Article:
Wikimedia Commons/NIPPON TV

“A moving and soothing drama”: Life’s Punchline

Life’s Punchline is a 2021 Japanese drama about a comedy trio called ‘Makubes’ and their fans, Rihoko and Tsumugi. Yet, it’s not a story of how they dream big and persist for success despite insurmountable obstacles – all of its characters are considered losers in society. Having debuted ten years ago, Makubes never became popular, so they have to disband. Also, Rihoko is a part-time waitress and Tsumugi is a barrister at a small bar. They want change but consistently fail, and are left unsure how to change their lives. In their late 20s, they are supposed to be mature, but they are struggling to persist, and give up.   

Firstly, the show’s storytelling is outstanding. It starts and ends with a short comedy show of Macbeth, with each episode about one particular theme. Then, the unknown past experiences and inner thoughts of different characters, as well as conflicts between them, are explored. The viewer’s understanding of each character gets deeper and clearer gradually. Instead of just receiving what is written by the script writer, viewers can really engage with the growth and decision-making of the characters. Plus, without excessive emotional plots like the death of parents or lovers, the narrative is very palatable. Because of its ordinariness and realism, the characters’ daily interactions and struggles can make anyone burst into tears of laughter.  

Instead of exaggerating the power of dream or the horror of reality, the show sensibly discusses the theme of resignation

While the close friendship between the characters is heart-warming, Life Punchline is bitterly realistic. It reveals how hard work sometimes doesn’t pay off. For instance, episode three reveals why Rhhoko is reluctant to find a better job despite her outstanding CV. Having shared the experience of being betrayed by her ex-boyfriend and previous firm, she says “I’ve never imagined that I’ll make such a decision one day – it is better not to work hard”. Similarly, Makubes doesn’t miraculously end up becoming famous, with the band disbanding in the end. Unlike the few successful celebrities, most people gain nothing and even lose much after working hard. Endeavour does not necessarily lead to achievement, and it’s the reality we have to face when growing up.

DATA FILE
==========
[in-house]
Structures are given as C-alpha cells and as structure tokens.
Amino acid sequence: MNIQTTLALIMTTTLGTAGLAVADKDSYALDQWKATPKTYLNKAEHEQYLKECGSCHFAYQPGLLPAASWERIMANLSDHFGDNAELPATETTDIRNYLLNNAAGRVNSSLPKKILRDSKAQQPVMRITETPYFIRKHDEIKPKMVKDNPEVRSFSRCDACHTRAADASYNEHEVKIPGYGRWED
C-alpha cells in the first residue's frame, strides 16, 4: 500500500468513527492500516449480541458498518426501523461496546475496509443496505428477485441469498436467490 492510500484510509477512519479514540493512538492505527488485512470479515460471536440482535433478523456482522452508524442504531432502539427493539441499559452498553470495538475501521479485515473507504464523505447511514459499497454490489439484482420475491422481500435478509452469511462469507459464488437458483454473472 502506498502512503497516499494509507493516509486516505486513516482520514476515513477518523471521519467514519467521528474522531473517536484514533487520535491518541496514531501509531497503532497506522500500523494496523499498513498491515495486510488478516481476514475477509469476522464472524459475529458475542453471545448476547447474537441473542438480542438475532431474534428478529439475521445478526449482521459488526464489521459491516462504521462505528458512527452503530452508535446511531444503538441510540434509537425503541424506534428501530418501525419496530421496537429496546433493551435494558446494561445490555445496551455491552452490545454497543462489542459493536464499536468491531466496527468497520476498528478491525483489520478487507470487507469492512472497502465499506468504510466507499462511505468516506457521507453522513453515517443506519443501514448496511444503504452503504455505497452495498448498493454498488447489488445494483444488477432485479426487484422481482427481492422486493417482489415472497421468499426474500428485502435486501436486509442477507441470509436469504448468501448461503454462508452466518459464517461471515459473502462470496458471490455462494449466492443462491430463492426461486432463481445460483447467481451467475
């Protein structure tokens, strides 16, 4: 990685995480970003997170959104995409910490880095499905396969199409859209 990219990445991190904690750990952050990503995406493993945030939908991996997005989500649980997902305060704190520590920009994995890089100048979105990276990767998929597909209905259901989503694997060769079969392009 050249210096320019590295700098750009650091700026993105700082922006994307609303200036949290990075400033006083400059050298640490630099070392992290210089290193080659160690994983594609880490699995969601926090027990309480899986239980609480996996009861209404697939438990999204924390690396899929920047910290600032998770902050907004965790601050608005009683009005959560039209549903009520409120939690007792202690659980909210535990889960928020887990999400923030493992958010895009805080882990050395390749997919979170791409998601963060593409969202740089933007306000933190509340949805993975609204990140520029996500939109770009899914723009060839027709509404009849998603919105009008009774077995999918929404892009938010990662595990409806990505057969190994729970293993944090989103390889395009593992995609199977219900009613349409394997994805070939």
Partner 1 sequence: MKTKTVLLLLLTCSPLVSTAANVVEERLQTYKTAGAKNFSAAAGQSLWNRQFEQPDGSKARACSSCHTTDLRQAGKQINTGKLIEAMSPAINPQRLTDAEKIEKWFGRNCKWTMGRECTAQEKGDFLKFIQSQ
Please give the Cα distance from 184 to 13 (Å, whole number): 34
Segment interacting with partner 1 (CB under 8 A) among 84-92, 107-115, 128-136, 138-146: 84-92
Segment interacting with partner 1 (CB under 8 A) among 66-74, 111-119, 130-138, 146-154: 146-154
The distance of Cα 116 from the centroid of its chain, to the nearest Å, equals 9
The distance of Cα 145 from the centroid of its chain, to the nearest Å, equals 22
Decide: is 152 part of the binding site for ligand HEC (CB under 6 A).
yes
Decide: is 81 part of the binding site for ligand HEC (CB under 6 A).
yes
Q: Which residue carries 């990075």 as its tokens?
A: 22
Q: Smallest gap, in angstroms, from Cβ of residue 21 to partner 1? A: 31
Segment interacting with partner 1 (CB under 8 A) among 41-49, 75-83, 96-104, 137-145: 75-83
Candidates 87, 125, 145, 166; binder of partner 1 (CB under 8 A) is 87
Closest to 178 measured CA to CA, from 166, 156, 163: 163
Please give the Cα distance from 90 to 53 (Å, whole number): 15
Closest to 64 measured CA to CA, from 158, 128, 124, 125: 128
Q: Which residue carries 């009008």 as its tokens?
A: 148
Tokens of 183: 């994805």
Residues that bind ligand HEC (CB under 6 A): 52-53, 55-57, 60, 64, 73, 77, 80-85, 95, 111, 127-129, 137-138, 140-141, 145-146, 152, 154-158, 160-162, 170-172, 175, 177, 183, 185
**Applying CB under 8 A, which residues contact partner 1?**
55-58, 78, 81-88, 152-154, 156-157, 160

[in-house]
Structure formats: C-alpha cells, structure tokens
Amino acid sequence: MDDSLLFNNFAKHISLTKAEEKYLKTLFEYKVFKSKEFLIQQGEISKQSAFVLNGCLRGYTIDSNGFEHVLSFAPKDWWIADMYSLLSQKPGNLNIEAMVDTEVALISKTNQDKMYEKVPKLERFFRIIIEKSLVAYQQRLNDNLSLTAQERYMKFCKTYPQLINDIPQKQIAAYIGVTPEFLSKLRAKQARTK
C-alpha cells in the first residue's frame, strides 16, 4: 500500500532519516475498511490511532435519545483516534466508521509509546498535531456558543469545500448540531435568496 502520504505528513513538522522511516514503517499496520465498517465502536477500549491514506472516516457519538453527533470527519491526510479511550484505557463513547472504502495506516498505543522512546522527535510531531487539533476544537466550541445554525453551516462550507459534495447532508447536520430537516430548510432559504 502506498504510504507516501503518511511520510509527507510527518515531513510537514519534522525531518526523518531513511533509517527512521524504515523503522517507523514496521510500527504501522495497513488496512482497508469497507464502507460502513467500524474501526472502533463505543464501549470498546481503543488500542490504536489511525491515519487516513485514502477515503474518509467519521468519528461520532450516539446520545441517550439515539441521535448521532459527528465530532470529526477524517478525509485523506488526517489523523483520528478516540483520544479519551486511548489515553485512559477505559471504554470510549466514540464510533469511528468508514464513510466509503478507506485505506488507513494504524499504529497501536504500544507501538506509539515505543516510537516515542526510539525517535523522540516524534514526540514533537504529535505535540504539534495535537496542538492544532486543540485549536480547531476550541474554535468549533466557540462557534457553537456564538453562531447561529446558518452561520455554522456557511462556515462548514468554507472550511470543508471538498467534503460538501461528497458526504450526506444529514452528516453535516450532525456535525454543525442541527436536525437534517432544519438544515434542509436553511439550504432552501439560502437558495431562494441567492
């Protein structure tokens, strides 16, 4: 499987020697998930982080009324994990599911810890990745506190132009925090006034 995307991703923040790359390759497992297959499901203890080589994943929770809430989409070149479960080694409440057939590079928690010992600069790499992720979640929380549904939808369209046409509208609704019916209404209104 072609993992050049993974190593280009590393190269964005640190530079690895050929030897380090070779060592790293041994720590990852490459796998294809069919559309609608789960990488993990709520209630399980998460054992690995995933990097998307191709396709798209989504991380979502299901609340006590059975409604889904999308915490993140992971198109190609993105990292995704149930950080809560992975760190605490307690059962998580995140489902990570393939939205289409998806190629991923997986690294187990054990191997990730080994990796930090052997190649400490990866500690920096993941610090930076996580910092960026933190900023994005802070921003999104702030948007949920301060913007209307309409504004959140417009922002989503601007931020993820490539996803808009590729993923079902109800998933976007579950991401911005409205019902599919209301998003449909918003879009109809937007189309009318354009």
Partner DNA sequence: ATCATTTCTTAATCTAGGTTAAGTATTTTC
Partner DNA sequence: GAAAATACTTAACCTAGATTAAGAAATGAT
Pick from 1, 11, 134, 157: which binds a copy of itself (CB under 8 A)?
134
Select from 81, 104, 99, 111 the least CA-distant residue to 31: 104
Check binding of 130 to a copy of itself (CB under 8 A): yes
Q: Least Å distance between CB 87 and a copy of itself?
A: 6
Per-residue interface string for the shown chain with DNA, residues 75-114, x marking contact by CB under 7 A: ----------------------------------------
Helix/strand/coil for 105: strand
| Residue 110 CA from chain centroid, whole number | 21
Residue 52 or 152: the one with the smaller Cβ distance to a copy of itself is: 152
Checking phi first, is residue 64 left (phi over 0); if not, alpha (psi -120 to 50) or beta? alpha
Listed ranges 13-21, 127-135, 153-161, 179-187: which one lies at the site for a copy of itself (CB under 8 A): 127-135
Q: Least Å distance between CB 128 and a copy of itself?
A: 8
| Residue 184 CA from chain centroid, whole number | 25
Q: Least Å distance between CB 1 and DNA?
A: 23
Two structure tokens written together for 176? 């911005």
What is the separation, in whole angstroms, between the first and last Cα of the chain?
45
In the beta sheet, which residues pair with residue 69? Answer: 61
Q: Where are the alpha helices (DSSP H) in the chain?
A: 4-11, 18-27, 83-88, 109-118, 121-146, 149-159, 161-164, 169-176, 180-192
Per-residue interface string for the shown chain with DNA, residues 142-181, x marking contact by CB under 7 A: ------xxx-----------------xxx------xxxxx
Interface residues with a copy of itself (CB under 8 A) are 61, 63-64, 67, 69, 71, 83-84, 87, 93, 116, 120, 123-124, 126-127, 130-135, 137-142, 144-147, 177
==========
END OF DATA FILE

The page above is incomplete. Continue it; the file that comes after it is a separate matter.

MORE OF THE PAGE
Instead of exaggerating the power of dream or the horror of reality, the show sensibly discusses the theme of resignation. After graduating from high school, the members of Makubes don’t study at university and find stable jobs like others do. In the pursuit of their dream, they earn little and live together in a cramped flat. But they’re happy and can behave childishly – for example, making important decisions by playing Rock, Paper, Scissors. They postpone their adulthood, extending the joy of adolescence. Later, they need to decide whether to disband. Although it’s a painful process, they discover their own value. For Rihoko and Tsumugi, they realise that they can motivate and empower their fans. They understand they actually want to move on to explore more possibilities, or earn stable income to give a decent life to their family. Hence, they prepare for their last show with extra dedication. It’s not only a perfect ending of their journey as comedians, but also the grand opening of the next stage of their lives.

Life Punchline warmly reminds us that not being successful does not mean failure, and giving up is not a cowardly act

The series encapsulates how giving something up that we’ve persisted with for a long time is painful and difficult. Yet it cannot be denied that we need to bear more and more responsibilities as we grow up. Resignation can be an inevitable process in life, rather than a tragedy. Arguably, it’s an unavoidable result of our natural change of roles, mindsets, and needs.

Though giving up implies that we’ve conceded to our own failure and lost dreams, this reconsideration allows us to reflect on our past, thus appreciating and knowing ourselves better. In the journey of life, we’re always forced to grow. When we haven’t recognised what we really like, we need to decide what to study at university. When we have not yet decided our future career plans, we need to graduate and find a job. We often forget to say ‘goodbye’ and ‘thank you’ sincerely to our past innocence and happiness. Using the story of five typical losers, Life’s Punchline warmly reminds us that not being successful does not mean failure, and giving up is not a cowardly act. If we can appreciate our seemingly normal past and face the uncertain future courageously, we have been extraordinary already. 

Life’s Punchline is an ordinary story about a group of ordinary people. It probably isn’t a binge-watch, but it’s definitely a moving and soothing drama that we need when we encounter life’s various intersections.

 

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